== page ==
Sunday, December 2, 2012

'Homeland' Review - 2.10 Broken Hearts

        On the newest episode of Showtime's Homeland, Saul catches up with an old friend and discovers evidence of covert activities by Estes; Brody and Walden find themselves at odds over the future of their future relationship; Dana and Finn come to terms with their differences; and Carrie learns she is not as looped in as she thought.

        This will most likely be the most diversive episode of Homeland for the entire second season. The hour had some truly phenomenal highs but it also had some pretty horrific lows. As has been the case for most of this show's run, the character work is leaps and bounds more impressive and engaging than the plot mechanics the series has to work through. Plot mechanics have and always will be apart of this show - and every show. But where in the past, they largely could be ignored because of the truly fantastic character bits - the attack at Gettysburg, Brody dealing with the tailor, etc. Here the show is less successful at masking those flaws in its structure.
        I've said it before and I'll keep saying it until I'm blue in the face, when this show puts two characters with opposing views together and allows them to hash at it, it can be truly breathe-taking. This hour had many of those sequences that really allowed each character to shine as well as acting required from each of the people involved. Saul and Dar Abal; Carrie and Abu Nazir; Brody and Walden; and Saul and Estes - these were the great high points of character work in this episode. Each scene had a very nice confrontation between the two characters and allowed each one of them to breathe and plead their viewpoints to the other. In some cases, these came from the heart like Brody's confrontation as Walden died or Carrie and Nazir's radical views against each other. Others were much more internalized and thought-provoking and will most likely influence what will occur in the very two episodes of the season.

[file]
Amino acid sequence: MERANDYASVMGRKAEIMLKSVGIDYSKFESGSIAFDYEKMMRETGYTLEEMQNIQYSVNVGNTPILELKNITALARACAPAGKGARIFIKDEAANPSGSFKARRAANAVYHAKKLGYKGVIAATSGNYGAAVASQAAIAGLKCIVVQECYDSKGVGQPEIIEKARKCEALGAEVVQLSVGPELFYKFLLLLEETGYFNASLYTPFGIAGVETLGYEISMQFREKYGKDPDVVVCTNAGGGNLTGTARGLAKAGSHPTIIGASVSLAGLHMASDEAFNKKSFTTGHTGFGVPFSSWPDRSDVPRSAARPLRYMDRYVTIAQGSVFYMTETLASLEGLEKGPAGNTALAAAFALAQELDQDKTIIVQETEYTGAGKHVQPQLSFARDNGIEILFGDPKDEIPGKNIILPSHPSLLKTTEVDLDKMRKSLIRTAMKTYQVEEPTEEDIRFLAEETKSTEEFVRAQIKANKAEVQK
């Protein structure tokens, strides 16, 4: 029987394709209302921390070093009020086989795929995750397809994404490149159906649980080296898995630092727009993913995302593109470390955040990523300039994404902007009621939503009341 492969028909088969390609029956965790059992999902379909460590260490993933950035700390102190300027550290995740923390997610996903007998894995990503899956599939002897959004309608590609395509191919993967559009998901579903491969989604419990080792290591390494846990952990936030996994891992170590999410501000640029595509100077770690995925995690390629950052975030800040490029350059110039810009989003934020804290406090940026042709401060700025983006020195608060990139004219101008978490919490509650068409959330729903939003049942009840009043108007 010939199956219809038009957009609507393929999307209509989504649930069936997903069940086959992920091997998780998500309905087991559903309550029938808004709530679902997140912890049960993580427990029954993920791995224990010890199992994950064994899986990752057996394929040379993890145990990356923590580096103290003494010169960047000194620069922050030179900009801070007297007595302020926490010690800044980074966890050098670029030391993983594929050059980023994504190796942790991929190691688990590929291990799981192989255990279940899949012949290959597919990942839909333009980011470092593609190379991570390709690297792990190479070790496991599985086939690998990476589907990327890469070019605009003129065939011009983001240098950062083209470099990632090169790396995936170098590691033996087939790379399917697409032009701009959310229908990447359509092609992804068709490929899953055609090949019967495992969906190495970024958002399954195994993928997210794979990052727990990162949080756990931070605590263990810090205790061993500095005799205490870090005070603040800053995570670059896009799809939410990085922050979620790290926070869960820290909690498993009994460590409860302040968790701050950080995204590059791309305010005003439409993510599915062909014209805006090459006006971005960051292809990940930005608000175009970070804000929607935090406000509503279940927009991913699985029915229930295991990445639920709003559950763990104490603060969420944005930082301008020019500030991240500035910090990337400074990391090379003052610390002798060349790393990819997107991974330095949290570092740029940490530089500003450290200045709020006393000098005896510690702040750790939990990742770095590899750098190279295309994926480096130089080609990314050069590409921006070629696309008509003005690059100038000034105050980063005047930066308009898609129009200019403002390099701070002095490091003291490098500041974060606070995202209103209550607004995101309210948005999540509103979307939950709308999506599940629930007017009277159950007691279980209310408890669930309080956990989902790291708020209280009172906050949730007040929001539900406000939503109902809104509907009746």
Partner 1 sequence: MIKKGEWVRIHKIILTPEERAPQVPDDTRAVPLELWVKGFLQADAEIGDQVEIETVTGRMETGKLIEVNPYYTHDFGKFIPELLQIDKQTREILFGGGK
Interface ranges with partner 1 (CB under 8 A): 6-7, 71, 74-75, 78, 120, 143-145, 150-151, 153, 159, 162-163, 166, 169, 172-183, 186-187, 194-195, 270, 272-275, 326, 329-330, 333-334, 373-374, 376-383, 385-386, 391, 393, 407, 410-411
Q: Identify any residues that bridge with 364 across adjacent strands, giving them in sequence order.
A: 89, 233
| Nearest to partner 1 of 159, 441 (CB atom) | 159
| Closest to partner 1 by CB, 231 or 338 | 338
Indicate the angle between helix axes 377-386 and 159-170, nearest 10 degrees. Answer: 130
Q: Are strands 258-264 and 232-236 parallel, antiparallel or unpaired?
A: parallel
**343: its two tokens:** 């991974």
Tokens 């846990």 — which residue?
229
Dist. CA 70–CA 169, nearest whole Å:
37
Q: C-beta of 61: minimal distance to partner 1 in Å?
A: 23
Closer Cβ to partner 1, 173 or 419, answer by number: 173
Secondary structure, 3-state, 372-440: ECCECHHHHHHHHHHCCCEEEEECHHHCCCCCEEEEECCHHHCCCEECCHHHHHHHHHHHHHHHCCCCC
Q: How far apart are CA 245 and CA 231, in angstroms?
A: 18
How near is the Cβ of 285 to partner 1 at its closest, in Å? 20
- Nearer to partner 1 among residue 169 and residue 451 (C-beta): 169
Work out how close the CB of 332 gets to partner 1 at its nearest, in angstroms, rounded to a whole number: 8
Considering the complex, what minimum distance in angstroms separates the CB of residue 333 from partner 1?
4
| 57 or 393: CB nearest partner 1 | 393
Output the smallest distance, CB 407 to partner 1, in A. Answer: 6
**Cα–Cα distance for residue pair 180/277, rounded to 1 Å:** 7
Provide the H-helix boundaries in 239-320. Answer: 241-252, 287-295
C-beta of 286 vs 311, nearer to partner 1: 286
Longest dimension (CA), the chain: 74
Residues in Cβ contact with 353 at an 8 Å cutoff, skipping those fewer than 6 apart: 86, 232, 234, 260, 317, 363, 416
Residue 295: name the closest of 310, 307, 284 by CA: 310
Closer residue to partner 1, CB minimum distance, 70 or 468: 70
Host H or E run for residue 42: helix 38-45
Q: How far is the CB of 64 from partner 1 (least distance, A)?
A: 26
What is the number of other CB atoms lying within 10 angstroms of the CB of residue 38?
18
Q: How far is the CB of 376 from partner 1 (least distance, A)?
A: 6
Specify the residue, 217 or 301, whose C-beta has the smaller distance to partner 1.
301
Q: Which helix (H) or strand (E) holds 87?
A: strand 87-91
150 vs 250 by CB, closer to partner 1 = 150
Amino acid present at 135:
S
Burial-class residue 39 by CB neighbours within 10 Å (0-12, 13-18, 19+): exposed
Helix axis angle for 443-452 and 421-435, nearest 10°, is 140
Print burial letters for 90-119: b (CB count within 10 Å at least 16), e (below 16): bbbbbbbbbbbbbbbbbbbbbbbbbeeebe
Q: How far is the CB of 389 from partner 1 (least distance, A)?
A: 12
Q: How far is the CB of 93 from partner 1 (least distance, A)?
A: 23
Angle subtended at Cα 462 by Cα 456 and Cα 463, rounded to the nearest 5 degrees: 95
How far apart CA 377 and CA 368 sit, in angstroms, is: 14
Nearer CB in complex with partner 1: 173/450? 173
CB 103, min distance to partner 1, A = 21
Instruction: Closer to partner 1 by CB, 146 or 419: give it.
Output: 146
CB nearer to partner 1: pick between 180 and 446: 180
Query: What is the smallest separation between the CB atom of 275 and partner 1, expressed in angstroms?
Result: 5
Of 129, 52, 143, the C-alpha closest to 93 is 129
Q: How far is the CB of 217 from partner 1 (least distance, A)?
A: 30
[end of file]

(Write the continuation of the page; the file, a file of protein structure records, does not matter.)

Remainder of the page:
The series has frequently been compared and criticized for being too similar to 24. The comparisons are fair - both of the show's creators served time on the FOX drama - and the parallels can be seen in an episode much like this one. That show frequently put its main protagonist in very comprising positions forcing him to swerve back and forth on ethnically-sound morals. Carrie being kidnapped and held at gunpoint just so Brody could do this thing for Nazir feel right in line with structure. But Homeland and 24 are two very distinct shows that both knew how to do what they're good at really well. Moments like this worked very well on 24 but here it feels like the series is reaching with its plausibility in a very different and severe way since it is so much more grounded in reality.
        In conclusion, everything I have stated above is simply because I hold this series up to a very high standard. If a show like The Mob Doctor or Beauty and the Beast were able to produce an episode like this, then it would most likely be in the A range. But since Homeland has produced such great episodes like "Q & A" and "The Weekend," I am forced to grade on this very high-caliber curve. So, in the end, was this my favorite episode of Homeland? No. But the hour still had many great parts that I enjoyed quite a bit.

So what did everyone think of the episode? Did it bug you that Carrie went back? Is it certain that Brody won't be implicated in Walden's death? Does Chris always get in the way of meaningful dynamics and actions? Share your thoughts in the comments.